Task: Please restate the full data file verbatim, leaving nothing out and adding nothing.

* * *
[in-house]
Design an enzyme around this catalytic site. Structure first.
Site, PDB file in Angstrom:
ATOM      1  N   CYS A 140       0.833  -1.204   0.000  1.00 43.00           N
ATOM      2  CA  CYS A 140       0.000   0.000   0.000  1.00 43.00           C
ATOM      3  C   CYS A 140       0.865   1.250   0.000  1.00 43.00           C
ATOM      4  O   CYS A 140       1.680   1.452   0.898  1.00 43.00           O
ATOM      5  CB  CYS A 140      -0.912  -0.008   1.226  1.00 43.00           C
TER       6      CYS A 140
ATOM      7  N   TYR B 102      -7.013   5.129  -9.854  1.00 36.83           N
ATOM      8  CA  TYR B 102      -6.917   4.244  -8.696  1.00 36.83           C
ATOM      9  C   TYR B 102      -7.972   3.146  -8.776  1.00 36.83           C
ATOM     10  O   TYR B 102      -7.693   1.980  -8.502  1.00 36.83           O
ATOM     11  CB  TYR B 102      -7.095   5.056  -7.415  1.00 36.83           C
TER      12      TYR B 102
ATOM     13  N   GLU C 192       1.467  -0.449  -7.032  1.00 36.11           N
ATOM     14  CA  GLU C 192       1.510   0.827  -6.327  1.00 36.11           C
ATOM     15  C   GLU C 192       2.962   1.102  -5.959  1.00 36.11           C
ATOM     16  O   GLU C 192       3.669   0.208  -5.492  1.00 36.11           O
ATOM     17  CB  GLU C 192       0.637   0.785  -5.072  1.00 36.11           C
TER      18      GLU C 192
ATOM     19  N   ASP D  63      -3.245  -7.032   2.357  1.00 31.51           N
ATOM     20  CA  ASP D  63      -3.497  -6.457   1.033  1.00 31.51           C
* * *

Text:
[in-house]
Design an enzyme around this catalytic site. Structure first.
Site, PDB file in Angstrom:
ATOM      1  N   CYS A 140       0.833  -1.204   0.000  1.00 43.00           N
ATOM      2  CA  CYS A 140       0.000   0.000   0.000  1.00 43.00           C
ATOM      3  C   CYS A 140       0.865   1.250   0.000  1.00 43.00           C
ATOM      4  O   CYS A 140       1.680   1.452   0.898  1.00 43.00           O
ATOM      5  CB  CYS A 140      -0.912  -0.008   1.226  1.00 43.00           C
TER       6      CYS A 140
ATOM      7  N   TYR B 102      -7.013   5.129  -9.854  1.00 36.83           N
ATOM      8  CA  TYR B 102      -6.917   4.244  -8.696  1.00 36.83           C
ATOM      9  C   TYR B 102      -7.972   3.146  -8.776  1.00 36.83           C
ATOM     10  O   TYR B 102      -7.693   1.980  -8.502  1.00 36.83           O
ATOM     11  CB  TYR B 102      -7.095   5.056  -7.415  1.00 36.83           C
TER      12      TYR B 102
ATOM     13  N   GLU C 192       1.467  -0.449  -7.032  1.00 36.11           N
ATOM     14  CA  GLU C 192       1.510   0.827  -6.327  1.00 36.11           C
ATOM     15  C   GLU C 192       2.962   1.102  -5.959  1.00 36.11           C
ATOM     16  O   GLU C 192       3.669   0.208  -5.492  1.00 36.11           O
ATOM     17  CB  GLU C 192       0.637   0.785  -5.072  1.00 36.11           C
TER      18      GLU C 192
ATOM     19  N   ASP D  63      -3.245  -7.032   2.357  1.00 31.51           N
ATOM     20  CA  ASP D  63      -3.497  -6.457   1.033  1.00 31.51           C